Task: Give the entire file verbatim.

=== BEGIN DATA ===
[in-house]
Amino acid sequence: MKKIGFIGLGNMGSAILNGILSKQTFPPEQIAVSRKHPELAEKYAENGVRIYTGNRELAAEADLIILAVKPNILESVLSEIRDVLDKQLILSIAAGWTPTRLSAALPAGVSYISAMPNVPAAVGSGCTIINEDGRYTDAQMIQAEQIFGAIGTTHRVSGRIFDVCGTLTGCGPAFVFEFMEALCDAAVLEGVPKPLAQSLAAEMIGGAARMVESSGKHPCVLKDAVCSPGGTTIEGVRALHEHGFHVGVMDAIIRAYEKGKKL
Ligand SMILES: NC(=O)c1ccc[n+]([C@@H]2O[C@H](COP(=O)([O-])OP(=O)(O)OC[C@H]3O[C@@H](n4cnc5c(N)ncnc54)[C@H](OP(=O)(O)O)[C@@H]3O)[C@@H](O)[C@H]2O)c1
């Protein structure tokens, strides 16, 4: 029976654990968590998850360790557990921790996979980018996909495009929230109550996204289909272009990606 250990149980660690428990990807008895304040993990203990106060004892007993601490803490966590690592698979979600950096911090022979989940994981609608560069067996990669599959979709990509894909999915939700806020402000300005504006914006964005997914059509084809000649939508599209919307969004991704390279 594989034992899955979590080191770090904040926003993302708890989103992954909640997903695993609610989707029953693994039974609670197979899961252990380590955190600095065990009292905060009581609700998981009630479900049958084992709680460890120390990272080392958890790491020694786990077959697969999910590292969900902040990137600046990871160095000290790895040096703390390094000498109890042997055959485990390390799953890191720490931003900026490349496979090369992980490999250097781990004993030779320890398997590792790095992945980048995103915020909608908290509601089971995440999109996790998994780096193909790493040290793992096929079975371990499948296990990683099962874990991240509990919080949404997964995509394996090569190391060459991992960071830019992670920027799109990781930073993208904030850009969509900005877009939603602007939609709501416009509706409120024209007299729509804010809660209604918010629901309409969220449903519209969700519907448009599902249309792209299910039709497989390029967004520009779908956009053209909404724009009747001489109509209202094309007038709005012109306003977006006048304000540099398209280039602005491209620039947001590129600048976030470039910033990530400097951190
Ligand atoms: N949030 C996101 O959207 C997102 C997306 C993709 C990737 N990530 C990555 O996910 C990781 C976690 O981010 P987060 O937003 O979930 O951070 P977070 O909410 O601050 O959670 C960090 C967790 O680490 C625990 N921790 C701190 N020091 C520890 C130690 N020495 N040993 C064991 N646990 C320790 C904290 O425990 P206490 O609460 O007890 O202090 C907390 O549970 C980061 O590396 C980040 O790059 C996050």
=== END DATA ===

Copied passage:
[in-house]
Amino acid sequence: MKKIGFIGLGNMGSAILNGILSKQTFPPEQIAVSRKHPELAEKYAENGVRIYTGNRELAAEADLIILAVKPNILESVLSEIRDVLDKQLILSIAAGWTPTRLSAALPAGVSYISAMPNVPAAVGSGCTIINEDGRYTDAQMIQAEQIFGAIGTTHRVSGRIFDVCGTLTGCGPAFVFEFMEALCDAAVLEGVPKPLAQSLAAEMIGGAARMVESSGKHPCVLKDAVCSPGGTTIEGVRALHEHGFHVGVMDAIIRAYEKGKKL
Ligand SMILES: NC(=O)c1ccc[n+]([C@@H]2O[C@H](COP(=O)([O-])OP(=O)(O)OC[C@H]3O[C@@H](n4cnc5c(N)ncnc54)[C@H](OP(=O)(O)O)[C@@H]3O)[C@@H](O)[C@H]2O)c1
């Protein structure tokens, strides 16, 4: 029976654990968590998850360790557990921790996979980018996909495009929230109550996204289909272009990606 250990149980660690428990990807008895304040993990203990106060004892007993601490803490966590690592698979979600950096911090022979989940994981609608560069067996990669599959979709990509894909999915939700806020402000300005504006914006964005997914059509084809000649939508599209919307969004991704390279 594989034992899955979590080191770090904040926003993302708890989103992954909640997903695993609610989707029953693994039974609670197979899961252990380590955190600095065990009292905060009581609700998981009630479900049958084992709680460890120390990272080392958890790491020694786990077959697969999910590292969900902040990137600046990871160095000290790895040096703390390094000498109890042997055959485990390390799953890191720490931003900026490349496979090369992980490999250097781990004993030779320890398997590792790095992945980048995103915020909608908290509601089971995440999109996790998994780096193909790493040290793992096929079975371990499948296990990683099962874990991240509990919080949404997964995509394996090569190391060459991992960071830019992670920027799109990781930073993208904030850009969509900005877009939603602007939609709501416009509706409120024209007299729509804010809660209604918010629901309409969220449903519209969700519907448009599902249309792209299910039709497989390029967004520009779908956009053209909404724009009747001489109509209202094309007038709005012109306003977006006048304000540099398209280039602005491209620039947001590129600048976030470039910033990530400097951190
Ligand atoms: N949030 C996101 O959207 C997102 C997306 C993709 C990737 N990530 C990555 O996910 C990781 C976690 O981010 P987060 O937003 O979930 O951070 P977070 O909410 O601050 O959670 C960090 C967790 O680490 C625990 N921790 C701190 N020091 C520890 C130690 N020495 N040993 C064991 N646990 C320790 C904290 O425990 P206490 O609460 O007890 O202090 C907390 O549970 C980061 O590396 C980040 O790059 C996050």